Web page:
When Did Entertainment become more Fiber than Fun?
Supporting the growing level of streaming media around the world is complex, and requires an ever-growing telecommunication infrastructure to support increasing data speeds and growing capacity in data centers.

When Did Entertainment become more Fiber than Fun?

Remember when high-quality home entertainment started by heading down to browse a selection of movies from the local store? Whether your media of choice was watching cable television, purchasing DVDs, or heading to the movies, the consistent delivery of content was never really questioned.

Today however, there is one clear winner in how we ingest media, and that’s streaming services. Most big players agree that there will be between 3-5 ‘survivors’ in the streaming wars, and with Disney+ announcing 60m subscribers in its first year, and Netflix leading the pack with almost 200m subscribers in total… the spaces are filling up fast.

As you can see above, the reliance on streaming media grew considerably in the last decade and has thrived alongside the COVID-19 lockdown. Governmental orders and fear for health and well-being kept consumers at home and glued to their streaming subscriptions, and in a survey from the Consumer Technology Association, 26% tried a new video streaming service during the first weeks of the pandemic.

Ever Stop to Wonder… What’s Powering the Media Frenzy?

The telecommunication infrastructure requirement to support and maintain a seamless user experience is immense. When it isn’t up to scratch, consumers quickly experience lags, buffering, and poor performance, and start looking to the competition.

Supporting the growing level of streaming media around the world is complex, and requires an ever-growing telecommunication infrastructure. This needs to be capable of handling increasing data speeds and growing capacity in data centers, by pushing more information faster across fiber cables.

In fact, the demand has become so significant in just a few years that data centers are running out of physical space and rely instead on cutting-edge technology components, such as optical transceivers, that plug directly into existing infrastructure to continue building better networks without the need for additional square footage.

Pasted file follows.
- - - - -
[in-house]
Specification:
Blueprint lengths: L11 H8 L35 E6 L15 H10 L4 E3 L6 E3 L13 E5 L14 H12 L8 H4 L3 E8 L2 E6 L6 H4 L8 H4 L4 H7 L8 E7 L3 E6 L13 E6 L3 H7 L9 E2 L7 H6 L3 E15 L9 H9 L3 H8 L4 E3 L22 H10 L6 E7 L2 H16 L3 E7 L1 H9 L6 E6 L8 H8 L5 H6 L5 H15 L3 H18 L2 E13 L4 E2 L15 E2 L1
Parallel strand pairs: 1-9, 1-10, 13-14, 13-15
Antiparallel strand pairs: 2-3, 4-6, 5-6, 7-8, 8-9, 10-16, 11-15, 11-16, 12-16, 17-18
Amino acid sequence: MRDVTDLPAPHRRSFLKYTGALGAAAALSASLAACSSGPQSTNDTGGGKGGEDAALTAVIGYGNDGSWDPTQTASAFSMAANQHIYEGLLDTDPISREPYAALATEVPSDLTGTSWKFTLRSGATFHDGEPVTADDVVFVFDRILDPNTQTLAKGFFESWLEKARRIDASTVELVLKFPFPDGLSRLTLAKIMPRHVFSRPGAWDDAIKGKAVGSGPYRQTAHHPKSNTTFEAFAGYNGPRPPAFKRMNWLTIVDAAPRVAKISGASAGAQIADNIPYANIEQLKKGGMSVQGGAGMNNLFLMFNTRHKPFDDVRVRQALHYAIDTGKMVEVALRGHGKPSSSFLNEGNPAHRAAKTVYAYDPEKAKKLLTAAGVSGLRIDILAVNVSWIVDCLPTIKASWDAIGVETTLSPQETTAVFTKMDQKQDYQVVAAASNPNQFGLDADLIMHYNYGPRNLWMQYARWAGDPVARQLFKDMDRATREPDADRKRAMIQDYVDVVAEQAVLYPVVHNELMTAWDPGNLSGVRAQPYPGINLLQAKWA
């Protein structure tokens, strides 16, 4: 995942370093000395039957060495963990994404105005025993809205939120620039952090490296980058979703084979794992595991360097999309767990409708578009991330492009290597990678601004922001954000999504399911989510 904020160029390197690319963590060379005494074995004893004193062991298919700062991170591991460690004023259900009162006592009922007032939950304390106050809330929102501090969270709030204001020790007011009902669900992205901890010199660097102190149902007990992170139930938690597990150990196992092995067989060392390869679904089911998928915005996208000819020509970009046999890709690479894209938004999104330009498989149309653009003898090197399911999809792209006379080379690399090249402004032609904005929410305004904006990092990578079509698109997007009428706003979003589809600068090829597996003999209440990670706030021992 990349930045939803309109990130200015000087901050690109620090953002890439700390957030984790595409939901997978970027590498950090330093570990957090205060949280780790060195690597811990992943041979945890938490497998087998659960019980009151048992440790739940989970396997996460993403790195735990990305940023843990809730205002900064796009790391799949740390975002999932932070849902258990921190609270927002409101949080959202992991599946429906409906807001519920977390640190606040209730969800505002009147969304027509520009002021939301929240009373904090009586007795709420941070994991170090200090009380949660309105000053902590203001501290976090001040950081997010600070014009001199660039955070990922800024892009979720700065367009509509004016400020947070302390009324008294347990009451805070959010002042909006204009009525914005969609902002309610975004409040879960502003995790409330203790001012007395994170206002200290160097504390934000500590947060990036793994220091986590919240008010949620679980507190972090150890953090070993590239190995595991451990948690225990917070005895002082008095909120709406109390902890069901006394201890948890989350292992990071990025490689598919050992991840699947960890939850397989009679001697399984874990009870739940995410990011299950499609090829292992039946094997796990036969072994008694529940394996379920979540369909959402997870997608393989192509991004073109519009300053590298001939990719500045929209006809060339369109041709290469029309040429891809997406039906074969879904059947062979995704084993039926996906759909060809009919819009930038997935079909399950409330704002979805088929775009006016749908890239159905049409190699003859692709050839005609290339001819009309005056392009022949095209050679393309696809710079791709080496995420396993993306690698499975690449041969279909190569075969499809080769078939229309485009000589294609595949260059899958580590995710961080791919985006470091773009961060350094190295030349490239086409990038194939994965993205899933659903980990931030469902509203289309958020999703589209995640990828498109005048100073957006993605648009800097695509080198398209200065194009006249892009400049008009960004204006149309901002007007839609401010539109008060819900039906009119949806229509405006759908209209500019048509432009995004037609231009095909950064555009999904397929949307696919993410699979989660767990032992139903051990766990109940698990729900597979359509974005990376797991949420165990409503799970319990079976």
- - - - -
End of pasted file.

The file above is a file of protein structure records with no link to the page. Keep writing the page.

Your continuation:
Moving to the Cloud to Meet Demand

As streaming media continues to be the preferred method of digesting content, OTT services such as Netflix must scale their business at rates that most companies can’t support with their own infrastructure, especially as the standards of content quality continue to rise. A few years ago, consumers were content with HD video, which quickly became Ultra HD, and now it’s 4K, with 8K on the horizon.

Better quality viewing means much larger file sizes, and the growth in subscribers and business operations adds significant strain on even the largest data centers. So where do they turn? To the public cloud. The cloud, powered by giants such as AWS or Azure, provisions on-demand availability of computer system resources, especially data storage and computing power, without direct active management by the user.

Continuing with Netflix as an example, transitioning from a DVD rental platform to a streaming service with 193M subscribers around the world (and constantly growing) was an enormous undertaking. It required the company to migrate their own data centers to Amazon Web Services (AWS) public cloud.